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Senior living just got a whole lot better thanks to a few students at Stanford University, Senior Housing News stated. A group of college students participated in the university's second annual design competition. The competition directly focuses on seniors by encouraging the students to come up with innovations for older adults. The university then partners with company Aging2.0, which gives start-ups a push in the right direction.
Collaborating efforts for a growing senior population
Aging2.0 is a company attempting to fill the hole in innovative products for the senior population. They've made some significant progress. Last year, they chose 11 companies to help jumpstart a Generators Founders program. More recently, the company partnered with Formation Capital to help raise money too. Together, the companies will fund the winning designs to allow them to be created and used in senior communities.
The expected rates of senior population growth
Stanford believes this is the perfect opportunity for students and seniors, especially with the aging baby boomer demographic. The Administration on Aging predicted that by 2030, there will be 72.1 million older adults in the general population. That's 19 percent of the entire population and double the number of older adults in 2000. With the rapid increase of older adults, problems with mobility and daily function are rising.
A positive outlook
Last year's event brought together a promising set of ideas. The winning design was "Eatwell," which was created by Sha Yao, a student at San Francisco's Academy of Art University, who won the $10,000 grand prize. He designed utensils specifically to aid seniors dealing with dementia. Yao chose solid colors that wouldn't be deceptive to those with dementia, such as blue. Sometimes older adults with dementia may believe there's still food in a bowl because of a bowl's pattern.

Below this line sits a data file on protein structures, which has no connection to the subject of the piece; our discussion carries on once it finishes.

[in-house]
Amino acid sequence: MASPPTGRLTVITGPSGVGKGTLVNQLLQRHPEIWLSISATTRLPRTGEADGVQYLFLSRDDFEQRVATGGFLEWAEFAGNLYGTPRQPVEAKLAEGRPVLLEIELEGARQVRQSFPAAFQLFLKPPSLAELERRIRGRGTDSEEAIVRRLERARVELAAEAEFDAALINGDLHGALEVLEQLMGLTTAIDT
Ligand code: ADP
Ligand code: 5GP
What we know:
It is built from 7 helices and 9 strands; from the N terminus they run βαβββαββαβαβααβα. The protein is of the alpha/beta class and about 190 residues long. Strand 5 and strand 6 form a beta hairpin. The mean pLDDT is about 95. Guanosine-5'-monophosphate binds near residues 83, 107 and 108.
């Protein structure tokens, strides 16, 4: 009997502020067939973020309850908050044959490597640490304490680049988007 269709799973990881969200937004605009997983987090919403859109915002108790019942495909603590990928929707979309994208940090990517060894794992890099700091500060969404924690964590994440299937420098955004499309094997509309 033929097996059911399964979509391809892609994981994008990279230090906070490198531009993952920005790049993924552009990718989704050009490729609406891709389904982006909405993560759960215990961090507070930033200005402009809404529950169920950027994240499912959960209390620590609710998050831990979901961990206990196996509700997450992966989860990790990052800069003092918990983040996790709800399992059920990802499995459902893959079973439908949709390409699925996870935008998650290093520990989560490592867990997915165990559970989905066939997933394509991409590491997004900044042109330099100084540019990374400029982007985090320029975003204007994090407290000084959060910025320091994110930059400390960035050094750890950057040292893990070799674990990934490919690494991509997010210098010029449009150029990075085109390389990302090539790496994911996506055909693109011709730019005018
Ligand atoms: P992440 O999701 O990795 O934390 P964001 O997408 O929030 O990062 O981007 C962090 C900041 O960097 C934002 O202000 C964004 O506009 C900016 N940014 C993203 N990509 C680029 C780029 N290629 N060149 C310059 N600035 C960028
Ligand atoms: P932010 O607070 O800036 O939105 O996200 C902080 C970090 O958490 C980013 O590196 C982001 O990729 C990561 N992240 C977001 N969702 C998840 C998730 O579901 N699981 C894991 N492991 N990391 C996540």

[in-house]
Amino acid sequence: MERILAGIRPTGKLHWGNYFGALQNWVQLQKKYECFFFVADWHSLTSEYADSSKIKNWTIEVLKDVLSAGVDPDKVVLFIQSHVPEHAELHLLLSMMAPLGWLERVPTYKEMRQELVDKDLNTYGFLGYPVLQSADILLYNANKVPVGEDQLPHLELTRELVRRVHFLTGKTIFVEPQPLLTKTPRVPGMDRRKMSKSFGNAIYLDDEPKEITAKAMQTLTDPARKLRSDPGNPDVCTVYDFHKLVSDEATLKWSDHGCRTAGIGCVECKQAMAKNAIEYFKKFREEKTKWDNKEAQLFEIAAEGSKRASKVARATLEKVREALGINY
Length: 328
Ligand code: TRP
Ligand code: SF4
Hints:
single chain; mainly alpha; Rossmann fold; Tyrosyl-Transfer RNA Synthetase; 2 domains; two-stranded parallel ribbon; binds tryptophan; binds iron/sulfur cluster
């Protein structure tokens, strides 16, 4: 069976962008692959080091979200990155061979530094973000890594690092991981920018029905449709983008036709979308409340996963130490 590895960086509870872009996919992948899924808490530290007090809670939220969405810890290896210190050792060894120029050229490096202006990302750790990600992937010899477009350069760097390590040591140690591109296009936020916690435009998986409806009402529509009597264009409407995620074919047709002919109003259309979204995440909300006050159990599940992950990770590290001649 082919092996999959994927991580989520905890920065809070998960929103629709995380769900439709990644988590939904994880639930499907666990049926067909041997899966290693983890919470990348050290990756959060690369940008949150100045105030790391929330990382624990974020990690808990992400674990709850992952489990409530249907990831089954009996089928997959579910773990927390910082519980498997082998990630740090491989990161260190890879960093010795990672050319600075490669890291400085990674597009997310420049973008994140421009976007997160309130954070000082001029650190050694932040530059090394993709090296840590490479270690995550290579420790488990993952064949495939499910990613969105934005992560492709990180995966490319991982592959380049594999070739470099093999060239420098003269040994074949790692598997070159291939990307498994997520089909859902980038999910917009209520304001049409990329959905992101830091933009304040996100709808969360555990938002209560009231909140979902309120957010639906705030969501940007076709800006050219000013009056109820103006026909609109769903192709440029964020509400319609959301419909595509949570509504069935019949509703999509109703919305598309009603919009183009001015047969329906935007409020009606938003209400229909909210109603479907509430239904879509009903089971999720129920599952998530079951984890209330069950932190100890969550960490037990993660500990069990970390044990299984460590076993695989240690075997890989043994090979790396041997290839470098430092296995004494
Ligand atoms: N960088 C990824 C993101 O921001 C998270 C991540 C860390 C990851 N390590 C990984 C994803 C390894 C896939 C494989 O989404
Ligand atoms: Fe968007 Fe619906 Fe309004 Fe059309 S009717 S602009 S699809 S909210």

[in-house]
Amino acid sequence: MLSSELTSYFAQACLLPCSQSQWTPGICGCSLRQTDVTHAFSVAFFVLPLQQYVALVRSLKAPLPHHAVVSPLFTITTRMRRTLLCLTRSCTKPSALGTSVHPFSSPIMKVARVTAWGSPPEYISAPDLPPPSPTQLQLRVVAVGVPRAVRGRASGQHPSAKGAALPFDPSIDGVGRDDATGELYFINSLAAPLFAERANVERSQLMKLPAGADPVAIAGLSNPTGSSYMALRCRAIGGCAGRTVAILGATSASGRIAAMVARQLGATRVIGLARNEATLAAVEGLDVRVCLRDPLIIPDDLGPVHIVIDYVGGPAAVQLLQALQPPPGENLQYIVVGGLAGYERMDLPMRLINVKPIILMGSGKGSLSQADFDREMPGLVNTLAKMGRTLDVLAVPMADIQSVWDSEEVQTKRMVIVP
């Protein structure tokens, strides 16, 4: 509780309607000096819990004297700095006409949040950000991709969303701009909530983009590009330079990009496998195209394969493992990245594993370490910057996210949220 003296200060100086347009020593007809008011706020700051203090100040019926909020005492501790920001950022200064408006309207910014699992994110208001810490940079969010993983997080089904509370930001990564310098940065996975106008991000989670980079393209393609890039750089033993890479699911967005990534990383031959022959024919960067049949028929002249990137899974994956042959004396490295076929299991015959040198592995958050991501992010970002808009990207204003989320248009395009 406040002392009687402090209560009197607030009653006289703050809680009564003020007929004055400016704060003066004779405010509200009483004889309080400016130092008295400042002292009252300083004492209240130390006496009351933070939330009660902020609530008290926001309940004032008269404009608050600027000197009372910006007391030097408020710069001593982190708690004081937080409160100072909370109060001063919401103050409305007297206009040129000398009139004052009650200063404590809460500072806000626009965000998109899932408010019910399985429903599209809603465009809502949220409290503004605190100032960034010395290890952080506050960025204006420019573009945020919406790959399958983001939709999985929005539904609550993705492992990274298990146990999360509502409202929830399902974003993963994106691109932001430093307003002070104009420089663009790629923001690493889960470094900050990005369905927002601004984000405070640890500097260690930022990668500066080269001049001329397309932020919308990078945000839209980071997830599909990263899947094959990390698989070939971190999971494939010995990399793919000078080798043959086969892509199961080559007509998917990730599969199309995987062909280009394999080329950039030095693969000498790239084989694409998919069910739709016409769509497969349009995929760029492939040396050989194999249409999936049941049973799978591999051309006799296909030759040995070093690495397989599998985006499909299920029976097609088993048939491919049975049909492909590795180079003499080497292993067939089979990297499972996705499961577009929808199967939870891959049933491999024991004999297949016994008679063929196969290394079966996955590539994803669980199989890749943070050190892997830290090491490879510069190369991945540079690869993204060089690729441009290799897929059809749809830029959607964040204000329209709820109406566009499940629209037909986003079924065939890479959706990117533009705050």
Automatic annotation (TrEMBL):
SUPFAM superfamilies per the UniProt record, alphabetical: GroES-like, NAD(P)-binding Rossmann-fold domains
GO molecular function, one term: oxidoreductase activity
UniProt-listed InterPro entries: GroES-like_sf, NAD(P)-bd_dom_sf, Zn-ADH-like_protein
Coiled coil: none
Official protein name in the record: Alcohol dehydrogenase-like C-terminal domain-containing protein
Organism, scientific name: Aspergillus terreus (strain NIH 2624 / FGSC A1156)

Last year, the competition had 52 entries from 31 universities in total. The second-place winner was awarded $5,000 for designing a spoon that stirred appetite by electronically stimulating taste buds.This year's competition will focus on encouraging seniors' mobility. The hope is to get older adults to exercise more and knock down the fears about falling that sit in many retirement communities. Challenge director Ken Smith, who supervises the competition, believes that these designs are a step in the right direction. With the population expansion, innovation is needed crucially, he noted.
"This is a major change and is unprecedented, Smith explained. "This is a global challenge."
Seniors can look forward to the innovative designs and the possible products that come from the annual competition.